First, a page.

We know that all these observations are merely distortions of perspective. The earth is a sphere in constant motion. The sun is our solar system's focal point so in essence one of the only fixed points that we can see with our eyes. The gravitational pull of the sun and the moon interact with the fluid in the ocean to cause the tidal flow.

Our perspective on energy is skewed just as it is in regards to the natural world. We’ve come to think that all useful energy must come from burning something, vigorous motion, or some sort of huge facility. The delicate, subtle or quiet forces around us don't really hold our interest. The solar energy that reaches us here on the surface of the earth is diffused and diluted yet available across the entire planet. It’s predictable. It’s uninterruptible by political or social forces. We have come to realize in the last 50 years that unimaginable quantities of energy are found in the sunlight that brightens our world each day. Fortunately, we live in a time when engineers and idealists have collaborated, and we can now begin to tap into this abundant resource.
Before any change occurs, it’s hard to imagine anything other than the status quo. Gasoline for our cars, coal generation plants for our electricity, and natural gas for heating our homes is what we know. Just as cell phones, the internet, internal combustion engines, and refrigerated food revolutionized our way of life when they came onto the scene, distributed solar energy systems are poised to change our way of life next. Today we ask what anyone ever did with a slide rule. Tomorrow we’ll ask why we needed to pollute our environment just to turn on a light bulb.

Thursday, March 3, 2011

Using more natural gas is not the answer

Natural gas seems to be the fossil fuel darling these days.  At one point, it was merely a waste product of oil and coal production but now has reached the point of it being an essential component to our total energy picture.  T. Boone Pickens has a bold strategy to ween ourselves from foreign oil that advocates for a massive investment in wind power so that we can divert the natural gas used in electricity production to automobile use.  His primary motivation seems to be stemming the export of $700 billion of US wealth each year to foreign oil suppliers.  Pickens references the fact that 90% of our current natural gas consumption is met by our North American supply.  His plan to increase the percentage of renewables in our electricity grid is right on, but the idea that we should use more natural gas (even in the short term) is completely wrong. Domestic fossil fuels are no better than foreign ones, and both are leading us down a road to major economic and environmental troubles.

The price of natural gas, like many commodities, is difficult to predict.  A 40-50% swing up or down from one year to the next is common.  Homeowners and businesses need predictable prices to make sound investment decisions as to what sort of heating, cooling, and electrical equipment they should buy.  Natural gas had no real value until the 1970s and prices had remained flat for years.  In the early 1990s with natural gas prices still cheap, natural gas suppliers encouraged the widespread adoption of gas water heaters, gas clothing dryers, and forced air gas furnaces for home heating.  Most American homes use natural gas in some way, 22% of our electricity comes from it, we use it to make fertilizer for growing our food, and some want to shift our transportation system to use more of it.  As domestic demand has exploded so has international consumption of natural gas. Natural gas prices spiked up in 2008, crashed down in 2009 with some major new finds, and is now trending up again as the price of oil reaches $100 per barrel once again.  By committing to wider consumption of natural gas, we're not moving ourselves off the energy price roller coaster.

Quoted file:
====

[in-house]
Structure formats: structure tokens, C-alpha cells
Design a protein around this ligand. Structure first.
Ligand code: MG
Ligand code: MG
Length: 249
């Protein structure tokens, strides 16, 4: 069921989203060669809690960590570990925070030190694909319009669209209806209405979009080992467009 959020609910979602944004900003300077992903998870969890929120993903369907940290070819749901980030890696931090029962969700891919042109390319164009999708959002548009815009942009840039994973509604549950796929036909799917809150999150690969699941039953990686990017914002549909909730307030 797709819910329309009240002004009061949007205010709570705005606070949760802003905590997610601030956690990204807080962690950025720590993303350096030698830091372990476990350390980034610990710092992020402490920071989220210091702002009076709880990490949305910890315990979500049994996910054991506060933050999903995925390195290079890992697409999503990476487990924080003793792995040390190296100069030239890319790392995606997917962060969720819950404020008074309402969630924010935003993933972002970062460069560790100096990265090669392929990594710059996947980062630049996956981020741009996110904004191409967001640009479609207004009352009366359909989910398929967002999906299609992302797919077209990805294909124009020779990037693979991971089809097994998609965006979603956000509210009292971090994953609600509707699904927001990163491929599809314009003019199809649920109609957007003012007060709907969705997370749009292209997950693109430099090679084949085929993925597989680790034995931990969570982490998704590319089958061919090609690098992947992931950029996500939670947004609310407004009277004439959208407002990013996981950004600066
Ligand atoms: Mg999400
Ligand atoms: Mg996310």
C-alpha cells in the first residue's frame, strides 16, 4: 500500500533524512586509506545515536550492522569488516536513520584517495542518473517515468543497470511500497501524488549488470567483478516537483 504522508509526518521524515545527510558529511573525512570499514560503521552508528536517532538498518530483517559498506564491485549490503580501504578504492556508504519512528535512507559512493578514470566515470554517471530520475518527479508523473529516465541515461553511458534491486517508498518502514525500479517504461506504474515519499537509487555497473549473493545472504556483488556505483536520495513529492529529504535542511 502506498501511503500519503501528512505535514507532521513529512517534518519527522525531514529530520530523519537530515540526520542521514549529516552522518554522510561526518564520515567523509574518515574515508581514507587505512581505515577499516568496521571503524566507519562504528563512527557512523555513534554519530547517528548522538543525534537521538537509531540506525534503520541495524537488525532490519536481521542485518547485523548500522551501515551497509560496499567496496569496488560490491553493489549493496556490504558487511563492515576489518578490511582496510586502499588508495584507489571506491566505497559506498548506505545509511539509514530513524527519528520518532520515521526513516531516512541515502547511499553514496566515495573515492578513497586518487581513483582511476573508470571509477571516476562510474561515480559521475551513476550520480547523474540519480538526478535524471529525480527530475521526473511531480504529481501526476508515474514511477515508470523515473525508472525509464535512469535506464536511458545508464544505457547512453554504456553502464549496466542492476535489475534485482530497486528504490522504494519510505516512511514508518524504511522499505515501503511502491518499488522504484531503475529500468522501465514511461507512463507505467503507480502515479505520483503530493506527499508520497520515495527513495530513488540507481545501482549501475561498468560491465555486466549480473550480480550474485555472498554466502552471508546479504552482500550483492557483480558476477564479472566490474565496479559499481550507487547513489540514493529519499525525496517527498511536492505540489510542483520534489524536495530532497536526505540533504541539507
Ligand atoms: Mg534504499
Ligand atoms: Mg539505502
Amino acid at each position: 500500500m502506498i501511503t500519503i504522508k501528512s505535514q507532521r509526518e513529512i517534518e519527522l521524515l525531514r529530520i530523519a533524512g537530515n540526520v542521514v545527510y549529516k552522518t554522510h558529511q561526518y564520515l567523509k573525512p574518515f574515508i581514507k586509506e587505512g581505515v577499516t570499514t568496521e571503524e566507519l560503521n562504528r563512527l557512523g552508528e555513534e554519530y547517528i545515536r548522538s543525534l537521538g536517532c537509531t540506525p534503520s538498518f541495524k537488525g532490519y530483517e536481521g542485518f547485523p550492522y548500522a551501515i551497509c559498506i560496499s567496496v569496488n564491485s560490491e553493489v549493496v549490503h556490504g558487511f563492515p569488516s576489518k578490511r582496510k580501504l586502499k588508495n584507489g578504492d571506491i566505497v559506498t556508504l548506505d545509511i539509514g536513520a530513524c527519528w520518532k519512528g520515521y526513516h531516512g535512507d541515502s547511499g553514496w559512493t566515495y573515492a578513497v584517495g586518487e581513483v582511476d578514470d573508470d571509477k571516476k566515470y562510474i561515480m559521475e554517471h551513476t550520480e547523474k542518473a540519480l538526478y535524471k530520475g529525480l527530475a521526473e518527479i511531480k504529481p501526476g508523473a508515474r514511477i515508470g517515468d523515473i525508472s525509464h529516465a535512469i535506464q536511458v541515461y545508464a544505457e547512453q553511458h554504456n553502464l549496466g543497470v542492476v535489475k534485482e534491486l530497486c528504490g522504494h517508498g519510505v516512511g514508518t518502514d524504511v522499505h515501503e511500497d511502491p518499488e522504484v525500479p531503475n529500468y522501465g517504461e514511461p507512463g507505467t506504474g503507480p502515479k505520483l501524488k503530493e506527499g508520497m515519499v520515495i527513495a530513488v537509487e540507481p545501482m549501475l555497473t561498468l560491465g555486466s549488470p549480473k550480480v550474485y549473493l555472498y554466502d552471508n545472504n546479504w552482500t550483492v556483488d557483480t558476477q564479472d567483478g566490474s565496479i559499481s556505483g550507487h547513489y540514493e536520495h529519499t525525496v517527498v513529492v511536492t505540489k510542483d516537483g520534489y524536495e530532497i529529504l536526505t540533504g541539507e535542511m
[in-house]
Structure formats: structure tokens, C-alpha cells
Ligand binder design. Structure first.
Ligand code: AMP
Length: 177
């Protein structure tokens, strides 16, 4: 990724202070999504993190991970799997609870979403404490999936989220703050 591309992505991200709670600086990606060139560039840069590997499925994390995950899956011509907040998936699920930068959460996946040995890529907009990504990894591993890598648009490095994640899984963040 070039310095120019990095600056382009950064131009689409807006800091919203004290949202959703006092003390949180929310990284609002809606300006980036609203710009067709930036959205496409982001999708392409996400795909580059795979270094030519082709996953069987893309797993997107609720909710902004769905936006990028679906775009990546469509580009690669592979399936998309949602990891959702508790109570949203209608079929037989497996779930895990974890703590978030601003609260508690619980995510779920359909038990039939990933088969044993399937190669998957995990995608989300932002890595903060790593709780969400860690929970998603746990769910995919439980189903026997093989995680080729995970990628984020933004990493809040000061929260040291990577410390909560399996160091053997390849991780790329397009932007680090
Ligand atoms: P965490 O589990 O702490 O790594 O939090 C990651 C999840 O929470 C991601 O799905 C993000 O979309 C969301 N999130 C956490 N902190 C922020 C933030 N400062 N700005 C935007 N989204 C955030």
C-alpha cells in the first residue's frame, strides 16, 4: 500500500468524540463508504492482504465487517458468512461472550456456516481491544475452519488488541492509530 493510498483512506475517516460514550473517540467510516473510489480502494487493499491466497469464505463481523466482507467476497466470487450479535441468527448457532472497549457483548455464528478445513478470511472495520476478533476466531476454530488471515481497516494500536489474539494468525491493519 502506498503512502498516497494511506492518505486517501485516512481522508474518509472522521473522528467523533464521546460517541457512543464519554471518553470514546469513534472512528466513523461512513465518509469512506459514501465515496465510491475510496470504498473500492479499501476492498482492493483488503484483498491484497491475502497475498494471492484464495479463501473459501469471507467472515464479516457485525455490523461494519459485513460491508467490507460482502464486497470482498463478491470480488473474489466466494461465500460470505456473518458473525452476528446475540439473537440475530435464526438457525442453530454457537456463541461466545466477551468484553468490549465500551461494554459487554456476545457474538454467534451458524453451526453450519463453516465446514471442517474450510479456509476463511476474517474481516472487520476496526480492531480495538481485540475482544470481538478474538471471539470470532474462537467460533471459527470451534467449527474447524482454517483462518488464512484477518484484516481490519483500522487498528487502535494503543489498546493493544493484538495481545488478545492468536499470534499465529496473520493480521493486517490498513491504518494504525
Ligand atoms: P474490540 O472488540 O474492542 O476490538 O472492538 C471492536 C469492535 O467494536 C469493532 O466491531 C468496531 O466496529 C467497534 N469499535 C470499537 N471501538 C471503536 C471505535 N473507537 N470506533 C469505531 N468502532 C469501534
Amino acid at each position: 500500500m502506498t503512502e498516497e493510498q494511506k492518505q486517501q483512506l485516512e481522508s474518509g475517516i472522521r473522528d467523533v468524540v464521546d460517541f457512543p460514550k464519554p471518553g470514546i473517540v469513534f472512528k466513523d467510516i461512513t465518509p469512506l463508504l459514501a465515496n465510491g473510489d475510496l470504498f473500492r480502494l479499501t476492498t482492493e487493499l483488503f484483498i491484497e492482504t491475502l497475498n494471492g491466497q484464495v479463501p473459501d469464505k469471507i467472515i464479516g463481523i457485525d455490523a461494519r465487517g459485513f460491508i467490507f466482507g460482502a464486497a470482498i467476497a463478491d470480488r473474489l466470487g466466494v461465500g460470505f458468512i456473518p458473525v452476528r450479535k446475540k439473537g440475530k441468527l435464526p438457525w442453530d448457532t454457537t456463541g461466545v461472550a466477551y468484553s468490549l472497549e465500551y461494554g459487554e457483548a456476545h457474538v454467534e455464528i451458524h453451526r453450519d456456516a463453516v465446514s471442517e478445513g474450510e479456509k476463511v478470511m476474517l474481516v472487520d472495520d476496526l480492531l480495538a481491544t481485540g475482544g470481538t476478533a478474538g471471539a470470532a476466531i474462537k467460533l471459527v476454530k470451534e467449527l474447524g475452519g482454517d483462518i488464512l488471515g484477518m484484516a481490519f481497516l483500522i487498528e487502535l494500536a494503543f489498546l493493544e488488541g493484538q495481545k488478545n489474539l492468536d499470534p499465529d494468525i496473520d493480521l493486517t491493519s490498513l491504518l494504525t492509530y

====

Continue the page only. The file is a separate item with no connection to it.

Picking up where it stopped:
The solution to this dilemma is to improve the energy efficiency of our homes so that we need less energy.  Stopping air leaks and super-insulation is the first and most economic step.  Once we have high performance structures, a retrofit with better energy systems will be more cost effective.  Start with a solar water heating system for domestic water heating needs.  Then look towards adding a hydronic heating system with the fuel source coming from a combination of geothermal and/or solar supplemented by a natural gas back up unit. Augmenting this heating system with a pellet stove or masonry heater would even further reduce your exposure to rising natural gas prices.  Renewable energy systems such as solar photovoltaics could then meet a building's electricity needs with a smaller up front cost. The key is to have multiple energy options.  Relying on a single fuel source puts your budget at risk to even moderate price escalation.

Our reliance on foreign energy is one of the major problems that we are facing today.  T. Boone Pickens is a man who knows energy and his plan is a great way to bring widespread attention to the fact that the solution is not to be found by drilling more wells.  The wind component of the plan and the assessment of the transportation fuel dilemma are completely admirable parts of his plan.  Unfortunately, relying on natural gas to power the shift from oil could lead to more of the same energy troubles that we are seeing today.  We need to design our future buildings in a smarter way and retrofit our current ones with energy saving technology.  Retaining, consuming, and reusing the energy already hitting our buildings everyday is where we should focus our attention.  Solar energy is a key component to a brighter future.  Let's not cloud our minds or environment further by merely shifting our attention to another fossil fuel.